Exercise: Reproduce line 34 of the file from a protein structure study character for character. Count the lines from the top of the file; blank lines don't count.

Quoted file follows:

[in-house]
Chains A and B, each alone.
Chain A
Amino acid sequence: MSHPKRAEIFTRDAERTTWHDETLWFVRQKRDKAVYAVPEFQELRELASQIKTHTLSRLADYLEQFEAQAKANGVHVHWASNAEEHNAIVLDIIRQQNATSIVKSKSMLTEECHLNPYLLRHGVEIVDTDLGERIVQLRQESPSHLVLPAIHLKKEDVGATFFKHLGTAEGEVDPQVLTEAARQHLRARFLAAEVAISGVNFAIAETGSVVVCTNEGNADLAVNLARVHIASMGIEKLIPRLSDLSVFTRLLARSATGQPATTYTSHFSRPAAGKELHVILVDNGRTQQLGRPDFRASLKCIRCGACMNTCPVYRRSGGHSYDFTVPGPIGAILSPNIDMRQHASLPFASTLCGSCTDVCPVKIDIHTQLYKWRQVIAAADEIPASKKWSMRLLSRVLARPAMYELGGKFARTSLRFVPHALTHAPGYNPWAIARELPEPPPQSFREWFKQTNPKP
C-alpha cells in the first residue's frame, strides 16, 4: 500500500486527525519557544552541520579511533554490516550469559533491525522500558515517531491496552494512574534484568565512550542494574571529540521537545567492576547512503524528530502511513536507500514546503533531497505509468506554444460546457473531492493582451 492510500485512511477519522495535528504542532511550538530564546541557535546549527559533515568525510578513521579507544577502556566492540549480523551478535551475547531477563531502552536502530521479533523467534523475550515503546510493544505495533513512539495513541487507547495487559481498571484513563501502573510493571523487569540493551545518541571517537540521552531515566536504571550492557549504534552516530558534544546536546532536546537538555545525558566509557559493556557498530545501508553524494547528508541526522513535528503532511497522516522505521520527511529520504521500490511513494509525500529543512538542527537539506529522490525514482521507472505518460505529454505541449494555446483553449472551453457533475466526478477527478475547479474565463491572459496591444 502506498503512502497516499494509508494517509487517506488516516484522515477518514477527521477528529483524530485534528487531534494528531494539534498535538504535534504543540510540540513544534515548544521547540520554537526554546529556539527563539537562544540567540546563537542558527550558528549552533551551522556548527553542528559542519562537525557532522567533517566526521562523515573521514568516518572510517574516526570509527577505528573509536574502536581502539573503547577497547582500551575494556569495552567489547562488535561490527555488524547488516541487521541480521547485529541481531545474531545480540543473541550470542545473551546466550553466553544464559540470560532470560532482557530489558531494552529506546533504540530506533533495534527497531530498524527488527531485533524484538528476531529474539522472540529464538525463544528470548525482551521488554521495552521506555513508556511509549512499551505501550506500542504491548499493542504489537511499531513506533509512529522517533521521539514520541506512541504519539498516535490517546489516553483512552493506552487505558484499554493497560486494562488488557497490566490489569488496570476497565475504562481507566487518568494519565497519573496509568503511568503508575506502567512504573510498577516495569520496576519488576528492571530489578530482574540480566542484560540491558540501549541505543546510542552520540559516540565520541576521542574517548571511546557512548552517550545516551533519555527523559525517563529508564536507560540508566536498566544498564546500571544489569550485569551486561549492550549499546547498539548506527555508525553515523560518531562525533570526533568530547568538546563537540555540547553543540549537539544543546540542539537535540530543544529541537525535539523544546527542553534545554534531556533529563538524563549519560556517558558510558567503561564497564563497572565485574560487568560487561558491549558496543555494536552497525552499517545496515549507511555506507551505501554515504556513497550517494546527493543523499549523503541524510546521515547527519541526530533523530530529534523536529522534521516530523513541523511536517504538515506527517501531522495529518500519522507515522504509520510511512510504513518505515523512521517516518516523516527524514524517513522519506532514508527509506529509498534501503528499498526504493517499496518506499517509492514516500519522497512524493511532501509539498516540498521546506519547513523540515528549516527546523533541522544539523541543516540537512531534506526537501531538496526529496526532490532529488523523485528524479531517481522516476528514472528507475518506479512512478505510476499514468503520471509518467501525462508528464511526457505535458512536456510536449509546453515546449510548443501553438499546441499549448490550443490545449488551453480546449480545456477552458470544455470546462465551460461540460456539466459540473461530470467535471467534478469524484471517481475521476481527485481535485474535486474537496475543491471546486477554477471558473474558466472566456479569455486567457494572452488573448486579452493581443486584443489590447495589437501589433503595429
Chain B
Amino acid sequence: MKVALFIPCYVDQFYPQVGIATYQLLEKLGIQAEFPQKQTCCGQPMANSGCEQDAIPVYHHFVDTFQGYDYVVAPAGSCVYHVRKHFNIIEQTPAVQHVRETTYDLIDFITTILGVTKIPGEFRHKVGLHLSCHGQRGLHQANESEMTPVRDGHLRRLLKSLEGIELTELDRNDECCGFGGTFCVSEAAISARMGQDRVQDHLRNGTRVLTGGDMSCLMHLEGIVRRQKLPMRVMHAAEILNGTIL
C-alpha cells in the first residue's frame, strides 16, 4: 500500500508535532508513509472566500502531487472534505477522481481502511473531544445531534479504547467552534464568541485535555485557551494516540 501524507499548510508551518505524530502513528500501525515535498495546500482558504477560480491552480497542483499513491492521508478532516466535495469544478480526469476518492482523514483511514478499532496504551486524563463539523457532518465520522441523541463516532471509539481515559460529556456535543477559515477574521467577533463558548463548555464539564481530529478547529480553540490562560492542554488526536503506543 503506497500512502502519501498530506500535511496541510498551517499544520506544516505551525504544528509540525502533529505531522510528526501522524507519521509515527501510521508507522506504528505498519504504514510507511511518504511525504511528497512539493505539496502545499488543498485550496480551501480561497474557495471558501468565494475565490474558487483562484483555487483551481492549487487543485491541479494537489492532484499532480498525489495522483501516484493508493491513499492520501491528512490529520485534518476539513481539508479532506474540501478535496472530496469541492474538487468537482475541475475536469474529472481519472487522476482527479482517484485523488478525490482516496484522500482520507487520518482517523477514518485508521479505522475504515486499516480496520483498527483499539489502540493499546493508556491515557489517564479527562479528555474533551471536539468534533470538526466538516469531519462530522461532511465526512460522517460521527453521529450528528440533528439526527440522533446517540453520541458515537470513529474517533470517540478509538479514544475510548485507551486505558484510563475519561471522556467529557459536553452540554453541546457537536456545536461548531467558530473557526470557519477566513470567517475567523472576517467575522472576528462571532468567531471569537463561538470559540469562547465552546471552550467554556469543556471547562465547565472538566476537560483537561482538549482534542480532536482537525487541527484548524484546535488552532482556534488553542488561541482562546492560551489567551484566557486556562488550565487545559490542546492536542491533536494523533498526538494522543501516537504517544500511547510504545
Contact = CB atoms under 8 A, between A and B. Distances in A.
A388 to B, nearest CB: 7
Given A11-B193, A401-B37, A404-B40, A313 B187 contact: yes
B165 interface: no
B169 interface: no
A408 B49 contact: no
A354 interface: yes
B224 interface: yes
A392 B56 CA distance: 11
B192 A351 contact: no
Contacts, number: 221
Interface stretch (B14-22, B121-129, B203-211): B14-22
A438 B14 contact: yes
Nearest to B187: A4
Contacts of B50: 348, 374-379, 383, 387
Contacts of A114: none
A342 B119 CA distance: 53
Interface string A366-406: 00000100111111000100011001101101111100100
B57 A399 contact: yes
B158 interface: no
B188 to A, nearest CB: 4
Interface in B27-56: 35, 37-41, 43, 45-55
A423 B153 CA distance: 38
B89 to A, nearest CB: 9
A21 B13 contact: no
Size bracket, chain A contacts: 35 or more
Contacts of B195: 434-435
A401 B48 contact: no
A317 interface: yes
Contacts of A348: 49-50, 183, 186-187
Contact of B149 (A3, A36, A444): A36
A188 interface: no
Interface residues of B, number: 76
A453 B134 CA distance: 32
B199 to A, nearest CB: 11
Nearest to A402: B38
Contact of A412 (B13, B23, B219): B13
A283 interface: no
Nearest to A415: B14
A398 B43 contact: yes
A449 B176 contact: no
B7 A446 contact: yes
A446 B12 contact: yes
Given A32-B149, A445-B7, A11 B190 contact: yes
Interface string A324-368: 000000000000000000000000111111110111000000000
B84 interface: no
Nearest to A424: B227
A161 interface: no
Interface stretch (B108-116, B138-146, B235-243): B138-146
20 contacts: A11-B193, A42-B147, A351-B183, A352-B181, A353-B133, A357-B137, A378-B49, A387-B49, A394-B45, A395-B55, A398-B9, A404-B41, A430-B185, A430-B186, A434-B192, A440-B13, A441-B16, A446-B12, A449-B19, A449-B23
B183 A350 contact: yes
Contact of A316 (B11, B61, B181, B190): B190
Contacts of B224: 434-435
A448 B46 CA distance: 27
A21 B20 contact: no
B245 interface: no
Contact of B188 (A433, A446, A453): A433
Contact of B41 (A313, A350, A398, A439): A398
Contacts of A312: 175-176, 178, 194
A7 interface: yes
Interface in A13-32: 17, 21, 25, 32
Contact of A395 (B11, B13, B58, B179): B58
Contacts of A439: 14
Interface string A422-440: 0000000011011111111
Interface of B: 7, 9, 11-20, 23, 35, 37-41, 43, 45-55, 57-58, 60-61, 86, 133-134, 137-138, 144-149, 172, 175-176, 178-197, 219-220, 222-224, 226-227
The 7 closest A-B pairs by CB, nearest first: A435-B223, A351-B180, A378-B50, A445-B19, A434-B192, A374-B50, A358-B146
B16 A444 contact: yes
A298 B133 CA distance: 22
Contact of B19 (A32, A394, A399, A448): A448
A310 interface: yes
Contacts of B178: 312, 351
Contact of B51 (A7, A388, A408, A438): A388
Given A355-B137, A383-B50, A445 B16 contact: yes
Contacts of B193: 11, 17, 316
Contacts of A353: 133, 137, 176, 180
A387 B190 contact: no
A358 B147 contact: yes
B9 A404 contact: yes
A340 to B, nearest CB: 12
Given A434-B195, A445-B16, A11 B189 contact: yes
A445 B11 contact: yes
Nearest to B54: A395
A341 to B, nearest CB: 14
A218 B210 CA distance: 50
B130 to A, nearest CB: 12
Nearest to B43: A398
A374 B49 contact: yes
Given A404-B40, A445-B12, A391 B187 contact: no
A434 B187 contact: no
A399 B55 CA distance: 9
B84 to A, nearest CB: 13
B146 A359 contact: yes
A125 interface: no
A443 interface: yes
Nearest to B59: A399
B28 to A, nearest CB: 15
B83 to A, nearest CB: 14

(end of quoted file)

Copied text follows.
Size bracket, chain A contacts: 35 or more